They have tried office spies and closed-circuit cameras. What will companies do next to keep employees in check? In Britain, companies are trying long distance lie-detectors which try to tell from the tone of a worker’s voice if he or she is lying to feign sickness.
That’s like a possessive girlfriend or zealous mother using some extra-sensory intervention to call the bluff.
In Britain, "pulling a sickie" is said to cost billions of pounds to companies with one out of eight sick calls thought to be bogus, the Press Trust of India says in a report on a computer that checks a voice to find out if it is steady and reliable. The process is called Voice Risk Analysis — and claiming you have a hoarse throat may be the best way out for desperate leave-seekers.
Employers also have now network technologies that enable the computer screens of workers to be monitored remotely.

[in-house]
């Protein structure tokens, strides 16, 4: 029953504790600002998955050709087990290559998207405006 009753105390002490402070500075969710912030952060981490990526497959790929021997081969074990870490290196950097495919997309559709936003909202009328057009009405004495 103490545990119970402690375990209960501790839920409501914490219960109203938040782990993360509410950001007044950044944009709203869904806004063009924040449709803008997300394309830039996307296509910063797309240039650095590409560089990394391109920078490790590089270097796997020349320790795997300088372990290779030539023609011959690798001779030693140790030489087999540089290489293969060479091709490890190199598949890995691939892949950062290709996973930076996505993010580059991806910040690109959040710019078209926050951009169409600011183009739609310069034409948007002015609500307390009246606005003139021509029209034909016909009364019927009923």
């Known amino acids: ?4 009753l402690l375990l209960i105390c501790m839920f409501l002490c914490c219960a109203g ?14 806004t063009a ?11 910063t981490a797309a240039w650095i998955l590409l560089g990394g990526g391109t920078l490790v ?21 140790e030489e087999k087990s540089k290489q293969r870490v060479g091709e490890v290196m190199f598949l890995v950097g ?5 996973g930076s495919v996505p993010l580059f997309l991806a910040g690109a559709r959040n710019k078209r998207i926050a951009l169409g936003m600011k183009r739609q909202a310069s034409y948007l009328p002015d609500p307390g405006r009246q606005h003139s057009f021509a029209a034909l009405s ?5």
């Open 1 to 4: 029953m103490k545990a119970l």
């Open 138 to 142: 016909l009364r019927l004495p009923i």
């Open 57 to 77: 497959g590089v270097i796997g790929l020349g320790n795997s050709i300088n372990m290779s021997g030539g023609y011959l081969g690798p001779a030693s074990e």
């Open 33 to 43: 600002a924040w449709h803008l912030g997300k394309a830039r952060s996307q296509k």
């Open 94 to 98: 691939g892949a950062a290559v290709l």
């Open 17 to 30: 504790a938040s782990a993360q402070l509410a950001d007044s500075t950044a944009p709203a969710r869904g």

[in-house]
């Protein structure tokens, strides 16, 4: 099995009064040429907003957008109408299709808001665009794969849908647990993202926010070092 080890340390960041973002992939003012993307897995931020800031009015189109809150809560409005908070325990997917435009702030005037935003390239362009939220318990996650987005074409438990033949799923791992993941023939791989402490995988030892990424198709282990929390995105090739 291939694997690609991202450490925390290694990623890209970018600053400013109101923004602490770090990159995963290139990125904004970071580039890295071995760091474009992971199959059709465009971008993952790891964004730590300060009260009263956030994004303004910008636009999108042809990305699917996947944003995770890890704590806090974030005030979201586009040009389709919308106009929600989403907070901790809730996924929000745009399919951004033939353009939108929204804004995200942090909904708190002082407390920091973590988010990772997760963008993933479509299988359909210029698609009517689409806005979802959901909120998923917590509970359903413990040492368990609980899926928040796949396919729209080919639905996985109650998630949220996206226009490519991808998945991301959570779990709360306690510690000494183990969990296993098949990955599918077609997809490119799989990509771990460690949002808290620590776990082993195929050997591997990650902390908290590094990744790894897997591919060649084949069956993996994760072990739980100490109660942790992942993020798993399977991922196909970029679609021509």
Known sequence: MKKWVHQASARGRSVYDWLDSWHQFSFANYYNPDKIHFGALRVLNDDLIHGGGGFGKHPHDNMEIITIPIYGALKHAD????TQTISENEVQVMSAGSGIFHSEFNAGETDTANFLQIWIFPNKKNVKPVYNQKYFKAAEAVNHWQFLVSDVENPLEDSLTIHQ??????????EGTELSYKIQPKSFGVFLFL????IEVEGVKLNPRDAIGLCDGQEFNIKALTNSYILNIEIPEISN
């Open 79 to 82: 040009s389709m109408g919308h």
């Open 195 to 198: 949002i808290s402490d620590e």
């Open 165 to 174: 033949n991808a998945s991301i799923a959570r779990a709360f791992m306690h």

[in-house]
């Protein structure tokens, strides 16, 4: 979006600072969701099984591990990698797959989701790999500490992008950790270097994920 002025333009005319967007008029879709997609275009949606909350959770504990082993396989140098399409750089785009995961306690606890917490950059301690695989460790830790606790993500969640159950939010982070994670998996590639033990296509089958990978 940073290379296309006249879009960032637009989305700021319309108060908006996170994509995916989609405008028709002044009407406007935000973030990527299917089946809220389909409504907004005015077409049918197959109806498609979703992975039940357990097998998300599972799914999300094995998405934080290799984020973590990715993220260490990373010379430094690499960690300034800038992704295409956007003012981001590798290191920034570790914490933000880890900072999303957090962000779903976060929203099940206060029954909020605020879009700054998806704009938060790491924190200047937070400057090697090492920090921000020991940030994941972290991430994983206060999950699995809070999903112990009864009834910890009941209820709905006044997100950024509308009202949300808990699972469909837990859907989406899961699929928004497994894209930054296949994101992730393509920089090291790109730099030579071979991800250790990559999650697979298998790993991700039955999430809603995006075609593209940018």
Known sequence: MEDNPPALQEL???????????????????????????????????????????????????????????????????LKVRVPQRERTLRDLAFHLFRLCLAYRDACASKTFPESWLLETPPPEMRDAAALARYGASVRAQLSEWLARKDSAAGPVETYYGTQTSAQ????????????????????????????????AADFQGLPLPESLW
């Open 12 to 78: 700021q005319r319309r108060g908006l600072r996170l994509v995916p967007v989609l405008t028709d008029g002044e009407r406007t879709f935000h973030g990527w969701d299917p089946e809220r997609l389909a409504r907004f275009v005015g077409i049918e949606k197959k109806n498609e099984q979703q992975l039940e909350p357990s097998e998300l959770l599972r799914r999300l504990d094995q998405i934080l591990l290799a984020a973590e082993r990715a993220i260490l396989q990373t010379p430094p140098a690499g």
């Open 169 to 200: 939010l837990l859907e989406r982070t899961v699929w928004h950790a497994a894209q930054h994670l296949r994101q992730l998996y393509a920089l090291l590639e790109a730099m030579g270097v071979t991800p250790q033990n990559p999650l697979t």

"Take control of any user, log off/disconnect any user," advertises the Mumbai-based Enjay Network Solutions.
In India, call centres have an absentee problem, but the industry has odd working hours that make many excuses circumstantially valid. "Absenteeism is more of a problem in manufacturing industries," said Rajesh AR, vice-president at human resource firm Teamlease.
"There is a question of whether a recorded voice would hold against a person in court. At best, this would work to scare people off," said Vishal Chhiber of Kelly Services India.
"The practice goes against ethics and employee rights," he said, adding absenteeism may be the symptom, but lack of motivation may be the disease.